I decided to go to specialists. I went to an ear nose and throat specialist, which entailed having my lungs checked, my tonsils examined, and all other relevant areas perused. I got my stomach checked and had an intestinal colonoscopy. I had stools examined, blood tests, drank special liquids and fasted. I was checked from head to toe.
I almost ran inside to find out the news when my tests were done. With their more detailed expertise, they would find out what was wrong.
Nope. Nada. Nothing.
Then finally, after thousands of dollars spent on health potions, tests, diagnoses, and no insight, my problem was glaringly simple – I had oral thrush, right?
This was a sign of Candida or a yeast infection but if it was linked to Candida, I could not understand how. I had no other symptoms. I had no stomach bloating, flatulence, skin irritation or anything else belonging to the subset of Candida related symptoms. I seemed allergic to nothing. I almost wish I was because then I would find the answer. However, my Candida curiosity led to a new mind set. There were no tests for Candida, as yeast overgrowth appeared on the interior linings of the intestines. Candida was all symptom related. I’d also read about parasites, mysterious infections, and diseases that had eluded medical science. Illnesses are not always apparent despite the advancement of medical science.
There was one last specialist I had not tried – a gynecologist. Apart from a few niggling cramps, I really had no reason to go. Someone told me to go though, just in case. I’d always dreaded going to one and always felt embarrassed and intruded upon. Reluctantly, at twenty-one, I had one last test. I was ready to just live with it, maybe take those pills.
I entered the specialists room to hear the news but I was so preoccupied by my condition, I began to drift deep in thought. I was so busy worrying about not getting an answer I nearly missed what he told me.
"You have a teratoma," he said.
"You have a teratoma."
"What does this have to do with my reproductive system?" I asked emphatically, shocked by the answer.
He told me that teratoma was Greek for small swelling or little monster. Another term for this was dermal ovarian cyst. In other words an organism had tried to develop via the skin and had become attached to my ovaries during my own gestation process. My body had unsuccessfully tried to form another being, leaving behind remnants of a human, replete with hair and teeth. He told me I had one on each side of my ovaries and they were six centimeters in diameter. His words reverberated through my head. I had never heard of a teratoma before. I never even knew these sorts of things existed.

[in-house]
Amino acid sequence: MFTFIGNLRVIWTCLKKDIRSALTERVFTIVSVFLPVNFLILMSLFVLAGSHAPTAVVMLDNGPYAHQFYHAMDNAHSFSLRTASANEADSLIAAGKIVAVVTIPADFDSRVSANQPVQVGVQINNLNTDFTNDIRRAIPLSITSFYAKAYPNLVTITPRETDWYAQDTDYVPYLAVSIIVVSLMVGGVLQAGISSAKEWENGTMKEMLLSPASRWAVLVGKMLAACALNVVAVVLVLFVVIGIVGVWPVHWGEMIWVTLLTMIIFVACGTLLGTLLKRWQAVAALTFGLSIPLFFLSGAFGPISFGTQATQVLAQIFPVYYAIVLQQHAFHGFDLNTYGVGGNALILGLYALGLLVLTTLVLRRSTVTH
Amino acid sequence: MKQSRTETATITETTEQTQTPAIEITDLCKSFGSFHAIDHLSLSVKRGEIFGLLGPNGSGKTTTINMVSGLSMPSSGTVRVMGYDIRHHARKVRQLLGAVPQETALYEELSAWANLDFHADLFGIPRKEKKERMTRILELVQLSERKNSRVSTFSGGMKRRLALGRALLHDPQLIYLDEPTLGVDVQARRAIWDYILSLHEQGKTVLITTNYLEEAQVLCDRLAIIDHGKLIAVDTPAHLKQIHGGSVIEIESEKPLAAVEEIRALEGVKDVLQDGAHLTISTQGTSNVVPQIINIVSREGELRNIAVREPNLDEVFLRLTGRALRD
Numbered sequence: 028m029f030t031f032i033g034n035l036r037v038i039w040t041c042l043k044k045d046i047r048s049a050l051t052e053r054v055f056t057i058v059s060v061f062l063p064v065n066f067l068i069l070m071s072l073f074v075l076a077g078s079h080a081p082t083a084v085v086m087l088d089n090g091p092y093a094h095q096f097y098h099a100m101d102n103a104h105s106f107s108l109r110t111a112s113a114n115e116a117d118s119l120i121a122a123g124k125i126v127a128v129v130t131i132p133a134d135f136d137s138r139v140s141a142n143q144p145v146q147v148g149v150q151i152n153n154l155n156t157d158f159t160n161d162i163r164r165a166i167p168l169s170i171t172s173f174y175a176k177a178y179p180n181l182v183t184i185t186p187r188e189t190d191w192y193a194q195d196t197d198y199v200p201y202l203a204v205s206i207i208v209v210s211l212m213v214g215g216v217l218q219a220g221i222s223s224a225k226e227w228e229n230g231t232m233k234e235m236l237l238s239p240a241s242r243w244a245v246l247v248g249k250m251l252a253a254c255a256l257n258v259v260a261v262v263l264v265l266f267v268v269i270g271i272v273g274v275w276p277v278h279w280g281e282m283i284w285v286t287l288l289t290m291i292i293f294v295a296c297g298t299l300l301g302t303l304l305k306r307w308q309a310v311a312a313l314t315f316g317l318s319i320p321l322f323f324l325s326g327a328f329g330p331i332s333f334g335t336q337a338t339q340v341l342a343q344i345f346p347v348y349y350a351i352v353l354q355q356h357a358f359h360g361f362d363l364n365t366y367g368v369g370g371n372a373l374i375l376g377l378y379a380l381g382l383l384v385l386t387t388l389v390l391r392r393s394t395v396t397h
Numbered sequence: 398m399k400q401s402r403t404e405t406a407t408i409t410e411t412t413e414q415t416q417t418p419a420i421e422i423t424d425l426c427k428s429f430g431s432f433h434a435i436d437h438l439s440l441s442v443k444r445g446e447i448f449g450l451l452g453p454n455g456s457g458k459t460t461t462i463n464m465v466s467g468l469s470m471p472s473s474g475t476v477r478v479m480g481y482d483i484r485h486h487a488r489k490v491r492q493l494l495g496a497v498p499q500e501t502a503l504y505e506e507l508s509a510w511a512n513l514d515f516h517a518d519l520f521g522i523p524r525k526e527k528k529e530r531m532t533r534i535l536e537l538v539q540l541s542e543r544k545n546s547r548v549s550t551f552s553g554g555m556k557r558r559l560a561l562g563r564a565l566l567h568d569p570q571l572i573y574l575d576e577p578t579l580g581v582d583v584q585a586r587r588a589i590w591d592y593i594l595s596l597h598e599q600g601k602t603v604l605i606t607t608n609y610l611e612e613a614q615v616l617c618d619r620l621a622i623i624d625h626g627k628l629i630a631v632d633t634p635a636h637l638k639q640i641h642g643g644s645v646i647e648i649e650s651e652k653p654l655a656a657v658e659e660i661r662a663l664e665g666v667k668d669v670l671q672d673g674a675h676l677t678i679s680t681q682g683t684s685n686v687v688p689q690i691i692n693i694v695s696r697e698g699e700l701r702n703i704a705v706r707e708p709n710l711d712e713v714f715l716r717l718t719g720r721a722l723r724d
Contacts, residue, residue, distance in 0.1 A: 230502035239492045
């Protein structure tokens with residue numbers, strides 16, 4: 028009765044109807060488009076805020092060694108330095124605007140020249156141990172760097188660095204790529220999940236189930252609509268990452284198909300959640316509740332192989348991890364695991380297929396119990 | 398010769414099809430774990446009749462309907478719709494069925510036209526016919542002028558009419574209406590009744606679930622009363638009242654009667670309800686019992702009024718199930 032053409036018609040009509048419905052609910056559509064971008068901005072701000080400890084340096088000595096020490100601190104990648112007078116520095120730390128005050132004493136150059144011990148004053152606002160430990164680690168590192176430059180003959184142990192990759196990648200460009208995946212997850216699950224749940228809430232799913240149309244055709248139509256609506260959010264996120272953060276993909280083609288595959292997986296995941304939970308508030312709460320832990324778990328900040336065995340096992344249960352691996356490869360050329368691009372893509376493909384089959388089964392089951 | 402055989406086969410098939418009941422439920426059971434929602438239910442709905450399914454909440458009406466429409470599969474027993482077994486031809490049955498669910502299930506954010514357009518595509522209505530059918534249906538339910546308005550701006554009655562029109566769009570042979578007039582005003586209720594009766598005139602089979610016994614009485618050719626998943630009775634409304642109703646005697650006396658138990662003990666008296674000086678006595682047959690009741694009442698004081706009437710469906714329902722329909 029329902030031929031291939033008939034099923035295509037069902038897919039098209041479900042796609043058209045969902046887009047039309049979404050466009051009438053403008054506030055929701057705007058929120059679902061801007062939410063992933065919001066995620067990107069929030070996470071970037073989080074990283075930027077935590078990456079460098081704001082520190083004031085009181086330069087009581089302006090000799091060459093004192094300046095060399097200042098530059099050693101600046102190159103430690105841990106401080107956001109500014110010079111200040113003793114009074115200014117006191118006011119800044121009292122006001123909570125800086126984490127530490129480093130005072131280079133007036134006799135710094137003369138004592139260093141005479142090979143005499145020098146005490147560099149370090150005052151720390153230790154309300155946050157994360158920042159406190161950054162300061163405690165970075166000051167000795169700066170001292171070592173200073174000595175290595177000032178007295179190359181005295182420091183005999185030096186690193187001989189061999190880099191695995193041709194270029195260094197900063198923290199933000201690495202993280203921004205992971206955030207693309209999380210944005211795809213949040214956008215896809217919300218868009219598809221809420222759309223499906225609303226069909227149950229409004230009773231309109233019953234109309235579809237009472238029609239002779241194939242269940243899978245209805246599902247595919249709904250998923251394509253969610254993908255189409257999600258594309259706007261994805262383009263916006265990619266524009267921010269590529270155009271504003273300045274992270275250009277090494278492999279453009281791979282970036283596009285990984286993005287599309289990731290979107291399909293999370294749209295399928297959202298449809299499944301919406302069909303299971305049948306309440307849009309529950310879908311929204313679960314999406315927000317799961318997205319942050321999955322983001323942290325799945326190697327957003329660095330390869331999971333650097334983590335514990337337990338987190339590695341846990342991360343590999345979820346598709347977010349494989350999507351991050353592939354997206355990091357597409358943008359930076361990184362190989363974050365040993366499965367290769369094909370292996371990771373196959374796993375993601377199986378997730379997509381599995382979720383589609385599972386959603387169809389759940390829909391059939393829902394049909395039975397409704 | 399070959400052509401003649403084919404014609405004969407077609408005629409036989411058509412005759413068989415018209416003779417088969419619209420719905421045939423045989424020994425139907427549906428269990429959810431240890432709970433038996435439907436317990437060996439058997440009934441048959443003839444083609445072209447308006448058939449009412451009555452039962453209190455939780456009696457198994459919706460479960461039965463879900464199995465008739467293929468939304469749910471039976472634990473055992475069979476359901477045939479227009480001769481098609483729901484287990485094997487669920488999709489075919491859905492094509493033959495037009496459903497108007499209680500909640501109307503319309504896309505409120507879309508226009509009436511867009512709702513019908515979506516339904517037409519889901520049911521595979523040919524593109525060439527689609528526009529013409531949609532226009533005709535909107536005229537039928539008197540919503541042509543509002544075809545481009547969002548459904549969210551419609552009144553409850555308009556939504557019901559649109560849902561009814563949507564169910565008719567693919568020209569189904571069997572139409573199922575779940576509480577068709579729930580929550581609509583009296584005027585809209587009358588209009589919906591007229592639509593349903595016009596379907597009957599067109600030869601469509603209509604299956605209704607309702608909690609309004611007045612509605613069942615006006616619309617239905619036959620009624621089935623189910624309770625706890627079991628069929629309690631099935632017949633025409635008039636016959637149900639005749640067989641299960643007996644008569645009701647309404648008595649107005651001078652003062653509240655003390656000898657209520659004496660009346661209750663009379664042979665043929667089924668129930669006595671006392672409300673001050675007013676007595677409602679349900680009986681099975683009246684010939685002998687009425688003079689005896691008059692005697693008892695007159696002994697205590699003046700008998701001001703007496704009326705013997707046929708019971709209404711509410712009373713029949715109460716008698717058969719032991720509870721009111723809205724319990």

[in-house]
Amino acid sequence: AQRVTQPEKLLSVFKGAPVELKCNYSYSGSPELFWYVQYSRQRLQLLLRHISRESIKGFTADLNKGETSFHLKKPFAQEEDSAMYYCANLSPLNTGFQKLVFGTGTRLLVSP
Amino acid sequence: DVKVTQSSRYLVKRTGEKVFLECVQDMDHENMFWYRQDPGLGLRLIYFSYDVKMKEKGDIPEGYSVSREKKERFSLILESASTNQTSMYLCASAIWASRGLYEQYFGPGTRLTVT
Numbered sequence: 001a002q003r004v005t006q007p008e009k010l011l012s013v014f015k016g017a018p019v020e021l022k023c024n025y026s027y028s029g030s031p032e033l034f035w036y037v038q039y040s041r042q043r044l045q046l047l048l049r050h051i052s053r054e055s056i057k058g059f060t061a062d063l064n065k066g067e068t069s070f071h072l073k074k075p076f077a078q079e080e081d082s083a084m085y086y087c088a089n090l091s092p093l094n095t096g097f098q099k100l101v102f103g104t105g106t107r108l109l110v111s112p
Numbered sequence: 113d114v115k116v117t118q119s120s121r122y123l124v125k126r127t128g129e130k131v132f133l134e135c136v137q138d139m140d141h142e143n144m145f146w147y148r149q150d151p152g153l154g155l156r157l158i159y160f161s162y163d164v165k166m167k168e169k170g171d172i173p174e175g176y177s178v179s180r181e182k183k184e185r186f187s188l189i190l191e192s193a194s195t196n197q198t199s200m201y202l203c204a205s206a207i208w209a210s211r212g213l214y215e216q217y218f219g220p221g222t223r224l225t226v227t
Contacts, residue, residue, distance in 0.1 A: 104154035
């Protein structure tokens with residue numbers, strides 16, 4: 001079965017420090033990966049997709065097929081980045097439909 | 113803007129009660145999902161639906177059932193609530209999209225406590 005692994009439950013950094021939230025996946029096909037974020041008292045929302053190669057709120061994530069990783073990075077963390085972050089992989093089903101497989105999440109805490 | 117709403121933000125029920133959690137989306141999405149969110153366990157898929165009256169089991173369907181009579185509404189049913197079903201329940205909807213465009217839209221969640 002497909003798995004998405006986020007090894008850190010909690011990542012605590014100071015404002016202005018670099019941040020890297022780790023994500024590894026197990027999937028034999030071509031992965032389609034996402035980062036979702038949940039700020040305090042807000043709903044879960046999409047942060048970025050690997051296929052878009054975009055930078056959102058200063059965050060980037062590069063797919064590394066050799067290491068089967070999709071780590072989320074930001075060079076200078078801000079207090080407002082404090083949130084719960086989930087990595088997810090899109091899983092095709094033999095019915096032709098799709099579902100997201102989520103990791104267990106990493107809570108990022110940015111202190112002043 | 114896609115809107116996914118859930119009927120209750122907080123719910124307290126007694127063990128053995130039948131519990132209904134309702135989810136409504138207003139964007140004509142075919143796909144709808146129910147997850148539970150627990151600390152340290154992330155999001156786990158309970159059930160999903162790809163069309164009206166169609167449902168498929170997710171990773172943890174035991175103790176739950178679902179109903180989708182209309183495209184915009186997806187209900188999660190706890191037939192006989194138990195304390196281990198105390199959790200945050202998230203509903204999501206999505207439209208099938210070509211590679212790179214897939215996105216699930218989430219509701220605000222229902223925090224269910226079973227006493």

Prompted by fascination for all things medical considering my unwitting long-term illness, I looked up what a teratoma was. I was shocked to find many stories of people who had experienced impacts of much more developed beings in their system. I thought I was plagued by bad luck. In fact, I was one of the lucky ones.
Despite medical developments you never know what illness it might be. The truth is out there. But sometimes it requires thinking outside the square, a random hunch, a whim, a bit of meaningless advice, to act upon it.
After surgery and a fortnight of severe pain, I was finally up again. Though the suffering was worth it; far more than I realized. My “white things” had disappeared, that was for sure!
I went back to my GP to explain my result. I walked in the door swiftly and advanced towards the reception desk. The same receptionist popped her head up and I explained I was there for an appointment.
"Who are you?" she questioned in a puzzled tone.
"It’s me, Kerry."
"No! It really is you?" I confirmed it with a vehement nod of my head.
"I’m sorry but I didn’t recognize you, you look completely different. If you don’t mind me asking, have you had plastic surgery?"
"No," I laughed, "I just had a minor operation."